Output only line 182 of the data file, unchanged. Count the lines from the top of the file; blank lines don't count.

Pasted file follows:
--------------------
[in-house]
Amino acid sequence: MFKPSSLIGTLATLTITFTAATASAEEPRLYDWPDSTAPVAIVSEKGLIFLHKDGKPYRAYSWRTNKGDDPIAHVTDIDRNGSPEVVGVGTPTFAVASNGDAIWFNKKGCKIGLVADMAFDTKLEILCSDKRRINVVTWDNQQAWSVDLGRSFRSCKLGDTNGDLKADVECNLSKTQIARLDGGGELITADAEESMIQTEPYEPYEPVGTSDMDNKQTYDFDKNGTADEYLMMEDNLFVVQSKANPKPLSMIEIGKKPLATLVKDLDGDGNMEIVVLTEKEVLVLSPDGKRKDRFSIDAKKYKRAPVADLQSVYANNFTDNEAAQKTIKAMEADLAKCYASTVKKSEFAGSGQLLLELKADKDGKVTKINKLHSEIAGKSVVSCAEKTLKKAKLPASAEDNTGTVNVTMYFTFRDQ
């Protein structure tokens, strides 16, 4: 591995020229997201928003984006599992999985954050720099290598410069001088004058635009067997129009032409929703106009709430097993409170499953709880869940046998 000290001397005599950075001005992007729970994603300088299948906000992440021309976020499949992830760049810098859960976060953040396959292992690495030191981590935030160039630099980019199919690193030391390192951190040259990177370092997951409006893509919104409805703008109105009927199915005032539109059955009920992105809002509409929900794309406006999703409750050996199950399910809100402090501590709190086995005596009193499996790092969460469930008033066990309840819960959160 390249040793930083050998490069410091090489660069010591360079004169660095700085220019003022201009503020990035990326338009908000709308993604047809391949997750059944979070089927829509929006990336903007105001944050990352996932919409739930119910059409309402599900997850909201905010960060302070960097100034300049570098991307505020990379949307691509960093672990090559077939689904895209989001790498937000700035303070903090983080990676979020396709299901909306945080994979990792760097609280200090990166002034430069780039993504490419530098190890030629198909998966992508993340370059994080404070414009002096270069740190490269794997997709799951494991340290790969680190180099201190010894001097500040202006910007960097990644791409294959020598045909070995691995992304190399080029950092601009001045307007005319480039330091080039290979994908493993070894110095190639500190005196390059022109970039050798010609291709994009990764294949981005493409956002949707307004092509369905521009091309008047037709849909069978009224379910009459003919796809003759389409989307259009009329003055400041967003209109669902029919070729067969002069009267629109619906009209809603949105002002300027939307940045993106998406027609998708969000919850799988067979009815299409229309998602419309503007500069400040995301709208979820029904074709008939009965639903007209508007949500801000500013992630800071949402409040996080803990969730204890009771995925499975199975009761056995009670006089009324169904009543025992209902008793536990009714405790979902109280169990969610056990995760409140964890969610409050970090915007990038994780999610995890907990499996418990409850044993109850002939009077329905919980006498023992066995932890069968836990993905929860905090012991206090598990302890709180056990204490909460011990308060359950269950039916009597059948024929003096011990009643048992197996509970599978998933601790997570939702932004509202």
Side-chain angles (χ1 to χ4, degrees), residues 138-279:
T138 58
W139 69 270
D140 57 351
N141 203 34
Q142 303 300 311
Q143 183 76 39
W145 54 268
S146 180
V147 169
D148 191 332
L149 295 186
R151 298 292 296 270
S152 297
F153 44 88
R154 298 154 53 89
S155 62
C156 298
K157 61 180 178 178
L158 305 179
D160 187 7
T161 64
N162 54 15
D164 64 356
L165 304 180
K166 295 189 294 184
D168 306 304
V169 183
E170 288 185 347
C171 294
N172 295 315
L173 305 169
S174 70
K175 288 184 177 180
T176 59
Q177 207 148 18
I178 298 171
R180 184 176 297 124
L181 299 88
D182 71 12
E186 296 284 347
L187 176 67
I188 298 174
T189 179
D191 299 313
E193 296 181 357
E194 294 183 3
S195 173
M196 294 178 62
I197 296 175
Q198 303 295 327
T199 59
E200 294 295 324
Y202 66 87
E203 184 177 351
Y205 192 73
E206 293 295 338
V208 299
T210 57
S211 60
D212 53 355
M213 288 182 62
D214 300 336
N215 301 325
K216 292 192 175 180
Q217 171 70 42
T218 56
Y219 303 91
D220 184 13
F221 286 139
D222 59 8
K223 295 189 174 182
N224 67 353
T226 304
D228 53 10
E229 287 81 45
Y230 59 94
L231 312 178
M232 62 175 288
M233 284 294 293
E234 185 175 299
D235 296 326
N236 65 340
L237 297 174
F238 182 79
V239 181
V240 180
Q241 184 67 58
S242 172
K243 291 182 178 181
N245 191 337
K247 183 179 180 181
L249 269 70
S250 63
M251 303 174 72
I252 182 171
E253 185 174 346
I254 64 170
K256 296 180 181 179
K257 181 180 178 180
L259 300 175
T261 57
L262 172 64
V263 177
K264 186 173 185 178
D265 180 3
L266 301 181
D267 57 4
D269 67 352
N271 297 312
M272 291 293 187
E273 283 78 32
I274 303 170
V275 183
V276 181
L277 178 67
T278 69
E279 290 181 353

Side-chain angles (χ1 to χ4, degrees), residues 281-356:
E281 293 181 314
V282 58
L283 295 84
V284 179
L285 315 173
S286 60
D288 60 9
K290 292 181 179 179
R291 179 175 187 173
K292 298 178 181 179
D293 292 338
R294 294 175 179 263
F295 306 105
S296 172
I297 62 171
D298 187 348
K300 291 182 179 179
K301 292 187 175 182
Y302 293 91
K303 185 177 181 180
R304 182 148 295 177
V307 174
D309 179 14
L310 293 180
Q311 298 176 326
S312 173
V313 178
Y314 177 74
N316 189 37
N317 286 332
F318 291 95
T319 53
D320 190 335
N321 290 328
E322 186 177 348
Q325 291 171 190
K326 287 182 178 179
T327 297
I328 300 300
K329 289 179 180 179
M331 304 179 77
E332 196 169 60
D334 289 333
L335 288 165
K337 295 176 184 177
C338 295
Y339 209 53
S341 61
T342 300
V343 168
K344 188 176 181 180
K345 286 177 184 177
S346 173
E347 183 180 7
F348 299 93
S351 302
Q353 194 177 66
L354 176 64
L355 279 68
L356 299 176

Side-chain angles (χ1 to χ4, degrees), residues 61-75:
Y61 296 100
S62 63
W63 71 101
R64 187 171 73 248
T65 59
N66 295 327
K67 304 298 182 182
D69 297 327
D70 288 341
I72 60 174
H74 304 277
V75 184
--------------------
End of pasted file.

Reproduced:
L356 299 176